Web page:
Yes, I absolutely agree with you. I didn't really want to get into spoiler territory, so I only made vague references to it, but the Harvey make-up seemed a little too extreme to me. It felt visually out-of-sync with the rest of the film's aesthetic, which is so understated and grounded in a type of reality.

Nevis said...

Yes...I definatly wish they'd done something more subtle...and less 'Night of the Living Dead'...it felt disjointed. But everything else was perfect...one bit of discord in a beautiful symphony.

dcornelius said...

Well said!

Life of Turner said...

I agree with most of what you said, although I was not very impressed with Bale. I thought he played back a little too much. I really appreciated the final act with Two-Face, and though I agree that it took a turn toward implausibility (the sheer pain of that disfigurement would have crippled him), I see that as a small issue. Plus Two-Face was just creepy. And good call on the Joker - there are only a few movie villains who have chilled me like Ledger did: Jack Torrance, Hannibal Lecter in Silence of the Lambs, and Chigurh. A brilliant performance to end an unfortunately abbreviated career. This is the new template for comic book movies.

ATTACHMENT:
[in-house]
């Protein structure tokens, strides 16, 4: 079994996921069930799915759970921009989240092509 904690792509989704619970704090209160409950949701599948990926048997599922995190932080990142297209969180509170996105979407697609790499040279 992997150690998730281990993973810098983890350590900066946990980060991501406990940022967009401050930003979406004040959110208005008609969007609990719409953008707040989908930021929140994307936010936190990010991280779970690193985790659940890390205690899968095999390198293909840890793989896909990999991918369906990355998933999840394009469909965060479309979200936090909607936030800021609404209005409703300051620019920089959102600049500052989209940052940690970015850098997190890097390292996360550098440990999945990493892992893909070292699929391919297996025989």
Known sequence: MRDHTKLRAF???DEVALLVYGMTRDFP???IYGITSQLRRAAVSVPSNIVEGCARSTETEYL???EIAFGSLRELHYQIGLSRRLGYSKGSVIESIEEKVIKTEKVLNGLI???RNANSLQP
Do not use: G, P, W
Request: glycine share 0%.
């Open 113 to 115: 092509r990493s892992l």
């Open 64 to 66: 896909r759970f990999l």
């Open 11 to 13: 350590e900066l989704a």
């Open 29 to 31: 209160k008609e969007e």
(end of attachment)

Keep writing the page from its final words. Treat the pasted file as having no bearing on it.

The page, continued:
dcornelius said...

New template indeed. Unfortunately, that'll probably just mean that we are that much more disappointed in all the films that try and fail to meet the standard set by this one.

I don't really mind the implausibility of the Two-Face character, I just wasn't a fan of th effect. It looked to exaggerated in comparison with everything else. But that's really only a minor criticism. It certainly didn't take away from my enjoyment of the film.

Wish we could have seen this one together, dude. I still totally think that you should have rescheduled your honeymoon to accommodate my cinematic needs. You're so selfish. Also, you're wrong about Bale. But I'll just write that off as a post-nuptial lapse in judgment. Your mind is obviously elsewhere.